By Dana Asby, Director of Innovation & Research Support
The demands of the 21st Century, and the resulting stress that affects students, staff, and the greater community, have left many educational leaders pondering a key question: How to balance state and federal standards and requirements with their instinctual understanding that what children—and the adults who serve them—most need is love? At the Center for Educational Improvement (CEI), we spent the last decade advocating for the use of Science, Technology, Engineering, Arts, and Math (STEAM) education, a better understanding among staff and parents of the neurobiology of stress and trauma, and an infusion of mindfulness into the fabric of the school building and classroom. As we begin this new decade, we still think all of those things are important, but we want to focus on empowering school leaders to do this work in the context of compassionate, heart centered school communities. We’re dedicated to providing action tools and resources to guide school leaders as they implement programs to alleviate trauma, infuse compassion into classrooms, and use mindfulness and heart centered practices to strengthen cognition and accelerate academic learning.
The Childhood-Trauma Learning Collaborative: A Place for Learning Together
In 2019, CEI partnered with Yale’s Program for Recovery and Community Health and the New England Mental Health Technology Transfer Center (New England MHTTC) to launch the Childhood-Trauma Learning Collaborative (C-TLC). Through the C-TLC, we’ve been working closely with 24 educators, our C-TLC Fellows, to guide them through the visioning process using the School Culture Analytical Tool for Educators (S-CCATE), which will soon be released and available to educators throughout the U.S. Our C-TLC Fellows helped us bring this compassionate school climate survey to over 1,000 educators in the New England region. The C-TLC will continue to be a large part of CEI’s work throughout 2020 as we use the valuable feedback of our core group of school leaders to refine our Five Cs of Heart Centered Learning framework.
Please contact email@example.com if your New England school is interested in participating in the C-TLC.
Providing Free Resources to Educators through the New England Mental Health Technology Transfer Center
Our work with the Substance Abuse and Mental Health Services Administration (SAMHSA) and the New England MHTTC has not only facilitated great conversations and collaborations with leaders at the school, district, and state level of education, but also allowed us to create some products we hope will be useful to you and your staff as you prepare your students for an increasingly demanding world that requires the direct teaching of social emotional and self-regulation skills.
CEI collaborated with SAMHSA and the New England MHTTC to create the following products in 2019:
- After A School Tragedy
- Seasonal Affective Disorder (SAD) Toolkit
- C-TLC Webinar Series
- Our C-TLC Basecamp platform with resources about childhood trauma, school-based mental health, and mindfulness in schools
Stay up-to-date on future events, like Jeff’s Donald’s webinar about Mindfulness Implementation in a Secondary Setting on Tuesday, February 7 at 4:00 p.m., by subscribing to our newsletter, which has been renamed “Compassion Action” and has a new look, and visiting our Events page. To see new archived webinars, please subscribe to CEI’s YouTube channel.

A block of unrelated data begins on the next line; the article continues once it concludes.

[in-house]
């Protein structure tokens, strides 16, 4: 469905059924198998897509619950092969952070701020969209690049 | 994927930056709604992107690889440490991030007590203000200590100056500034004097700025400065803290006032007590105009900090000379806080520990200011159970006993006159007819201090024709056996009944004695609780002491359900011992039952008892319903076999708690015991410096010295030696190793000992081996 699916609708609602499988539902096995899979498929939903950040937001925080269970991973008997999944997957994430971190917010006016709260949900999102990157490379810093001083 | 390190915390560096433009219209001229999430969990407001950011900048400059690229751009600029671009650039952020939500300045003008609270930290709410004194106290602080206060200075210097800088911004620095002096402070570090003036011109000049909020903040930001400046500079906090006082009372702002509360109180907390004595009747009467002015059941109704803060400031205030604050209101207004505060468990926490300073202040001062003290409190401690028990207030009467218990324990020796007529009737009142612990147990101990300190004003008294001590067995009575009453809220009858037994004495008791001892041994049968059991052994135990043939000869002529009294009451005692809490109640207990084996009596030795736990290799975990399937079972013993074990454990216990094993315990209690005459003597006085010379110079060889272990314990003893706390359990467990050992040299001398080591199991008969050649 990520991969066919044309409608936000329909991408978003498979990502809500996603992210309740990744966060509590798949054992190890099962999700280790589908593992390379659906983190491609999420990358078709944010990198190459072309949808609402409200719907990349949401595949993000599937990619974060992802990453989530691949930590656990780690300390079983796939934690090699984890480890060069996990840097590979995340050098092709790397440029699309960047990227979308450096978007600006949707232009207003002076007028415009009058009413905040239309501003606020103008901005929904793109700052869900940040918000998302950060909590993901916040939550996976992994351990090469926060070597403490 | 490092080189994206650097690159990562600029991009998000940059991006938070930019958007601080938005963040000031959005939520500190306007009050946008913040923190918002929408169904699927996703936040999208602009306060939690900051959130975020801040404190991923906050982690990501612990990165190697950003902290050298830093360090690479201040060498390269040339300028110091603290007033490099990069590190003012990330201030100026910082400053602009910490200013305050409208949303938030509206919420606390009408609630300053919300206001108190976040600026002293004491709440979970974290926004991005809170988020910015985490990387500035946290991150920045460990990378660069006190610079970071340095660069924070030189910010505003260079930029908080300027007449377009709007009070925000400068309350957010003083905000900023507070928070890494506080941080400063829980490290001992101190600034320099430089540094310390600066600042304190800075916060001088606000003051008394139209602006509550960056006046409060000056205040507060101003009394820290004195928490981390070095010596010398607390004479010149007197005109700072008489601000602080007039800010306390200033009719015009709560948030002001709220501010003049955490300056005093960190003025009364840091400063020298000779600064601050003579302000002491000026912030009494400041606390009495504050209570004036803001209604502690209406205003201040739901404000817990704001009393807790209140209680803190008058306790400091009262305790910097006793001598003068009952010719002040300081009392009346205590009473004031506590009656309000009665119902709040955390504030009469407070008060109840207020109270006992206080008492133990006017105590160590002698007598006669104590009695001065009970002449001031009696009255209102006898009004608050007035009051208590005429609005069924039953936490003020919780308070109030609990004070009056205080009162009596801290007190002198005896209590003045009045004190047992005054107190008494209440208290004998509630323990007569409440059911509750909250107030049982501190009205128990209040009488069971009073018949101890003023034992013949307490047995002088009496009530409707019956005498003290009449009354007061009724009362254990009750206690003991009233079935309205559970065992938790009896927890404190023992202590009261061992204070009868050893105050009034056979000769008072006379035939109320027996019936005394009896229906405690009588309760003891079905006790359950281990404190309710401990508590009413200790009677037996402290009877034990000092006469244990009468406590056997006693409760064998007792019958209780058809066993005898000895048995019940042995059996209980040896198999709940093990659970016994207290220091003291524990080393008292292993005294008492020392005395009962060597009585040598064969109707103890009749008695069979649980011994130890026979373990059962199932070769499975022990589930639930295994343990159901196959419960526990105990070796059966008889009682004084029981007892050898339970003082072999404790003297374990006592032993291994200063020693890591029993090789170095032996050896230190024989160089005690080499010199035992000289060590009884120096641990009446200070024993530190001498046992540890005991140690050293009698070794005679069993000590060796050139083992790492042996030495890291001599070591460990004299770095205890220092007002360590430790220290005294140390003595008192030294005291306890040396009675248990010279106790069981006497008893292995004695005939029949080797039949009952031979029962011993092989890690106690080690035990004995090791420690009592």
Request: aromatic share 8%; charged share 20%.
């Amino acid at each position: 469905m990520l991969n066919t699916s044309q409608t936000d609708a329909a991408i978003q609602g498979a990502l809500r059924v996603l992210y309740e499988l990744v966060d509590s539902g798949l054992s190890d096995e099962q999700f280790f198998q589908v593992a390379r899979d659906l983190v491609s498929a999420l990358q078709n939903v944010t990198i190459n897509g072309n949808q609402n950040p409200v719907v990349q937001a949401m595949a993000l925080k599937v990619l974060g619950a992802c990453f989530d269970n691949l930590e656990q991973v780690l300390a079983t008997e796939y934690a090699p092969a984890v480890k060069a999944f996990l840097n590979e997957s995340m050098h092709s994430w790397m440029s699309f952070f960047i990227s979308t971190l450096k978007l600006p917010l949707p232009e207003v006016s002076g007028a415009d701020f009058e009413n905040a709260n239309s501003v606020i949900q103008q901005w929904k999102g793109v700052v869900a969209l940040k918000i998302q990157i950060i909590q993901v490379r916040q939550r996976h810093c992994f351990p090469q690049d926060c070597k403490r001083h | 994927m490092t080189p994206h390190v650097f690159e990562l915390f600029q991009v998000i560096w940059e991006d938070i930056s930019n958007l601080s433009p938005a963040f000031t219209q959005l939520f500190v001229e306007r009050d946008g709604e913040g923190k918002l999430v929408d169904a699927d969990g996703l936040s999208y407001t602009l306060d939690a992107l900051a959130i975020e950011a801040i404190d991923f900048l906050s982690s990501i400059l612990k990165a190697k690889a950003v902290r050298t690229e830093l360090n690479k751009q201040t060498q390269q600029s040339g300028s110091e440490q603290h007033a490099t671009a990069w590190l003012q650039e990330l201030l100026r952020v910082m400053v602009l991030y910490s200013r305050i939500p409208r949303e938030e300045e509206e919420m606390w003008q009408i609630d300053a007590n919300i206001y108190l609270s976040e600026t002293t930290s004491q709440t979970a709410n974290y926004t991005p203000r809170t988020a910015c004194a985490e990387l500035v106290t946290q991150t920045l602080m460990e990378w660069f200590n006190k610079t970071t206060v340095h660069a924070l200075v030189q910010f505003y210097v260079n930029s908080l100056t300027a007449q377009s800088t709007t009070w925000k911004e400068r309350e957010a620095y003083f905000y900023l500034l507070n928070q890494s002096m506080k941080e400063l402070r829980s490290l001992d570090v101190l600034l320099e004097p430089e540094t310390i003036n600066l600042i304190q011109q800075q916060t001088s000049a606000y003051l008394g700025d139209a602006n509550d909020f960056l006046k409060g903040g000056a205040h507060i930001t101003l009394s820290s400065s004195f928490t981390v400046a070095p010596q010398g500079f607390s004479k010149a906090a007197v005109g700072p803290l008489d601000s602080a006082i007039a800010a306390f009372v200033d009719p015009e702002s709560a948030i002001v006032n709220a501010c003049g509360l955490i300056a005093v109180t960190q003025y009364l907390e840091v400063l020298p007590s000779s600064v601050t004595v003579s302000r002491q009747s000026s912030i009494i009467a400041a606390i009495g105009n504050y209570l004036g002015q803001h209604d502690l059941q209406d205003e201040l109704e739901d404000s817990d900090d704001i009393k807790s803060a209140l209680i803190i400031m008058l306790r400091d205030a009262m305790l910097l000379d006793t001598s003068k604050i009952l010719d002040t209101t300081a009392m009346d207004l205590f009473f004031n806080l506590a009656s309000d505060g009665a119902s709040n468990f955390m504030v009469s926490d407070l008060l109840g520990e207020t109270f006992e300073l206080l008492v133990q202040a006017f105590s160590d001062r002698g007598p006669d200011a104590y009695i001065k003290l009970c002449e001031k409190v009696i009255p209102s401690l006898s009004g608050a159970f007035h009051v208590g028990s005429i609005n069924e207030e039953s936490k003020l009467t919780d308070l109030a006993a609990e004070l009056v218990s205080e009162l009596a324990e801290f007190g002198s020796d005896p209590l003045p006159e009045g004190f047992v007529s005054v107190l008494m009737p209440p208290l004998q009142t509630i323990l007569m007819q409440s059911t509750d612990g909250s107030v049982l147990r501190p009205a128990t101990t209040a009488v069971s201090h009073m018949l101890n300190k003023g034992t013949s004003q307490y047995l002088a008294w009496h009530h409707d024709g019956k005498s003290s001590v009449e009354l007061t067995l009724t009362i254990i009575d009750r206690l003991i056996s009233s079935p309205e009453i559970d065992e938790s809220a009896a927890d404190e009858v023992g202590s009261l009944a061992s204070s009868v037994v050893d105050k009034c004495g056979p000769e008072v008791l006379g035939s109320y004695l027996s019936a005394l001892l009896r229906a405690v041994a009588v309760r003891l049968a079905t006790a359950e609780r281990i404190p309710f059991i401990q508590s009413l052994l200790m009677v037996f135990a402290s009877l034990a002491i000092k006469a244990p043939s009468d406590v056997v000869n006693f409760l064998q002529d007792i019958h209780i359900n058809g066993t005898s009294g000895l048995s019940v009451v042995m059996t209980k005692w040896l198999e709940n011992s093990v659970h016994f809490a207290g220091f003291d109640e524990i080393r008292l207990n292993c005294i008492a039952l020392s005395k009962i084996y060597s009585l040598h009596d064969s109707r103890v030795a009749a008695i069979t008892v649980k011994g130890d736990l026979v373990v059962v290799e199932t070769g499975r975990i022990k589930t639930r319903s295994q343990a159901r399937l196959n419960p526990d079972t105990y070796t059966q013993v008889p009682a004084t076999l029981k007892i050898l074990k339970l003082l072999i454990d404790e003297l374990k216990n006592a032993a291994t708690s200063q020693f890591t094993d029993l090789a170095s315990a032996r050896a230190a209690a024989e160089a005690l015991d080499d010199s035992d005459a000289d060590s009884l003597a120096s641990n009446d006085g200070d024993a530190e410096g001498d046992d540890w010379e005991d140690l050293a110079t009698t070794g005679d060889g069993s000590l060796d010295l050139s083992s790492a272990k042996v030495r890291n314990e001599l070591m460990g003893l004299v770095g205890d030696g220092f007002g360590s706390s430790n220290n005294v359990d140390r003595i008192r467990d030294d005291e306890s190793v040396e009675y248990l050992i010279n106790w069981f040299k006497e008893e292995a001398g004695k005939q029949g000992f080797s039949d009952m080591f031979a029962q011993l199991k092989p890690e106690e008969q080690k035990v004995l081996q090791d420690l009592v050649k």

Disseminating our Message More Widely
Thanks to our networking opportunities through SAMHSA and the New England MHTTC, CEI has been able to connect with educators not only in New England, but throughout the country as well. We’ve had the opportunity to share our work with the C-TLC at several conferences this year, where we introduced more educators to how to use the S-CCATE to identify areas of strength and potential growth, form Core Learning Teams, listen to stakeholder voices, and take part in an iterative visioning process to transform their schools and districts into trauma-responsive, compassionate, heart centered communities.
In 2020, we’re following up the successful Mindfulness Practices: Cultivating Heart Centered Communities Where Students Focus and Flourish (Mason, Rivers Murphy, & Jackson, 2019) with two new books being released this February. In Mindful School Communities: The Five Cs of Nurturing Heart Centered Learning (Mason, Rivers Murphy, & Jackson, 2020), Drs. Mason, Rivers Murphy, and Jackson continue the conversation about the neurobiology of toxic stress and trauma and urge school leaders to go beyond individual, classroom, or school-wide mindfulness practices to intentionally build a community of learners with the same goals. A companion book, Visioning Onward: A Guide for All Schools (Mason, Liebnow, & Patshke, 2020), gives leaders examples of schools, companies, and individuals who exemplify the transformational mindset of a successful leader and a framework for taking their school or district on the journey towards becoming more compassionate, intentional, and heart centered.
All of these publications ask the question, “What is the measure of success in a school?” We believe the answer lies in both rigorous academics and well-being of staff and students. In 2020, in addition to also releasing a yoga manual for schools and a book about approaching children’s mental health from a compassionate viewpoint, CEI will continue to explore how the increasing popularity of universal screening of mental health issues in schools has transformed how educators think about behavior and academic difficulties, how neuroscience research supports the use of mindfulness for improving academics and well-being, and how we can support all students—whether or not they receive a diagnosis.
Read more about the work CEI completed in 2019 and our plans for 2020 in our Annual Report.